Greece to Cut Taxes and Offer Incentives for Large Investments



The Greek government plans to offer tax relief to households, to cut business taxes and offer incentives to lure wealthy individuals to change their tax residence to the country as part of a new bill which opened for public consultation on Thursday.

The proposed legislation provides extensive measures to reduce the burden on households, including the introduction of a basic tax rate of 9 percent for workers, contractors and pensioners – instead of the current 22 percent – and other measures, including a higher tax exemption per child.

It also envisages a reduction in business tax from 28 to 24 percent for 2019, and incentives to link large investments with a reduction in taxable foreign income.

The so-called “non-dom” program will offer qualified wealthy investors who opt to shift their tax residence to the country a flat tax of 100,000 euros ($110,710) annually on global incomes earned outside Greece.

The dividends tax will also be reduced from 10 to 5 percent, and company bonds in official markets will be relieved from income tax and the solidarity fee.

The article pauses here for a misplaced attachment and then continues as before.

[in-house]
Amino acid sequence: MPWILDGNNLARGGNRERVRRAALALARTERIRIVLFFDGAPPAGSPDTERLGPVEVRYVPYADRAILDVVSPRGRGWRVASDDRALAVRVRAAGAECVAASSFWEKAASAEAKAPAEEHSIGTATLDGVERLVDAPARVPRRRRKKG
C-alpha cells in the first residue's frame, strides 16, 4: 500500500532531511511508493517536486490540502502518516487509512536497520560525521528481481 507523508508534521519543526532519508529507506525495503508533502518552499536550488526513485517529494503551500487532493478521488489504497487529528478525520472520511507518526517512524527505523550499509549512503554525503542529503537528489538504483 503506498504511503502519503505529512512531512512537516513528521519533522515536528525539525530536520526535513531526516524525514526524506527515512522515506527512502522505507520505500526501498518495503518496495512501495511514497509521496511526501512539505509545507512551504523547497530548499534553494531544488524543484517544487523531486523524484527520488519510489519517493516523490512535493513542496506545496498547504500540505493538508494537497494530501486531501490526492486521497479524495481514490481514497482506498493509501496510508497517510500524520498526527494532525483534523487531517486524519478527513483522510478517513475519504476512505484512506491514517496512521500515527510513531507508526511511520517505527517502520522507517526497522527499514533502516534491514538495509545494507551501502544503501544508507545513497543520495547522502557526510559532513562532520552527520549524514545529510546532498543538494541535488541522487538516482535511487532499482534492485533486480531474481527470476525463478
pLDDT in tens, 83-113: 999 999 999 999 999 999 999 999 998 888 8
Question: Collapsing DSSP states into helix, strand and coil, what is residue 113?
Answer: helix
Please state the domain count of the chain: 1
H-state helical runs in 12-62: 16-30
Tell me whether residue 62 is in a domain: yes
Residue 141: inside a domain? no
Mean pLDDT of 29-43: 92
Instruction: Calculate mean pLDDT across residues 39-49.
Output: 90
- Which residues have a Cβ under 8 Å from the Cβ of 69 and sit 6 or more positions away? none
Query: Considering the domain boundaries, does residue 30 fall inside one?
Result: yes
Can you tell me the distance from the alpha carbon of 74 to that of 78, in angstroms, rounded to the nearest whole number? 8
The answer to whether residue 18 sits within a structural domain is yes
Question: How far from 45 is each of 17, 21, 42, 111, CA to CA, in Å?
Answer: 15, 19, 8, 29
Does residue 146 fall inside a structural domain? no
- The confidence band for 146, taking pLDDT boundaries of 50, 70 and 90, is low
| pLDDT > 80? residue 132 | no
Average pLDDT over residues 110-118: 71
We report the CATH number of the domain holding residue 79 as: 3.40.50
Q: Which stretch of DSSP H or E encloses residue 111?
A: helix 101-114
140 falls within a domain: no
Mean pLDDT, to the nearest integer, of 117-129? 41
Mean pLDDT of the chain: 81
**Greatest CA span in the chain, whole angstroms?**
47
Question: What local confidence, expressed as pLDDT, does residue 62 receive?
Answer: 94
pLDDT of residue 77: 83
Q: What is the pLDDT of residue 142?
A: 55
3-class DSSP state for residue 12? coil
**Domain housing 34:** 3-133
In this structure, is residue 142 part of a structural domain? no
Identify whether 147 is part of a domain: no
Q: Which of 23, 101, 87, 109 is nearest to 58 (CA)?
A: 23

In the sector of construction, the government proposes to move ahead to suspend VAT payments for all licenses issued as of January 1, 2006 and it is also introducing a 40 percent tax reduction on improvements to make buildings more energy efficient.

Additionally, it also introduces an attempt to crack down on tax evasion, by obliging transactions above 300 euros to be carried out, and thus registered by, electronic means (from the current 500 euros per transaction).

“In other words, the taxation bill sets the foundations for Greece’s economic renaissance,” the Finance Ministry said in a statement during its presentation on Thursday.

The proposed bill, titled “Tax reform with a development prospect for Greece’s future,” is open for comments by specialists and the public alike, until November 15.